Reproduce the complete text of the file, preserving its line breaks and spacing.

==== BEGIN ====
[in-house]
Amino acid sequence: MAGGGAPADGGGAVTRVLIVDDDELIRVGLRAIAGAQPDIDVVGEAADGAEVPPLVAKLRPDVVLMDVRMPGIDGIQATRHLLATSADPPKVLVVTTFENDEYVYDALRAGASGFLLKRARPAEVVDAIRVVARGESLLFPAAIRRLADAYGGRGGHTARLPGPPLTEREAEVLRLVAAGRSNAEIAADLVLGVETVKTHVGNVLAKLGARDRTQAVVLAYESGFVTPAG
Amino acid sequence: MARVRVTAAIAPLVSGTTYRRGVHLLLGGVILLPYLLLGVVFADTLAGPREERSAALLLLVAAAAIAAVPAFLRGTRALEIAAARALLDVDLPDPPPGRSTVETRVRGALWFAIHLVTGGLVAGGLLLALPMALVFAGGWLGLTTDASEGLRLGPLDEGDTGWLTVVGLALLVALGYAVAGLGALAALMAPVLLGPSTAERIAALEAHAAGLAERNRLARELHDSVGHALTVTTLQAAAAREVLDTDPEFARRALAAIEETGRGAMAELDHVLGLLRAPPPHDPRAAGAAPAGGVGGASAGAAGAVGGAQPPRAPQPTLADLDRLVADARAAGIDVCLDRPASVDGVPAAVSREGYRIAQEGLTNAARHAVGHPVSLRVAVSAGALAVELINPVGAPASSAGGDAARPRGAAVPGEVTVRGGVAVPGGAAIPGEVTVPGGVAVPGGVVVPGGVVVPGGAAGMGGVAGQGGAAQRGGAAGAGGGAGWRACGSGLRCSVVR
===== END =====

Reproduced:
[in-house]
Amino acid sequence: MAGGGAPADGGGAVTRVLIVDDDELIRVGLRAIAGAQPDIDVVGEAADGAEVPPLVAKLRPDVVLMDVRMPGIDGIQATRHLLATSADPPKVLVVTTFENDEYVYDALRAGASGFLLKRARPAEVVDAIRVVARGESLLFPAAIRRLADAYGGRGGHTARLPGPPLTEREAEVLRLVAAGRSNAEIAADLVLGVETVKTHVGNVLAKLGARDRTQAVVLAYESGFVTPAG
Amino acid sequence: MARVRVTAAIAPLVSGTTYRRGVHLLLGGVILLPYLLLGVVFADTLAGPREERSAALLLLVAAAAIAAVPAFLRGTRALEIAAARALLDVDLPDPPPGRSTVETRVRGALWFAIHLVTGGLVAGGLLLALPMALVFAGGWLGLTTDASEGLRLGPLDEGDTGWLTVVGLALLVALGYAVAGLGALAALMAPVLLGPSTAERIAALEAHAAGLAERNRLARELHDSVGHALTVTTLQAAAAREVLDTDPEFARRALAAIEETGRGAMAELDHVLGLLRAPPPHDPRAAGAAPAGGVGGASAGAAGAVGGAQPPRAPQPTLADLDRLVADARAAGIDVCLDRPASVDGVPAAVSREGYRIAQEGLTNAARHAVGHPVSLRVAVSAGALAVELINPVGAPASSAGGDAARPRGAAVPGEVTVRGGVAVPGGAAIPGEVTVPGGVAVPGGVVVPGGVVVPGGAAGMGGVAGQGGAAQRGGAAGAGGGAGWRACGSGLRCSVVR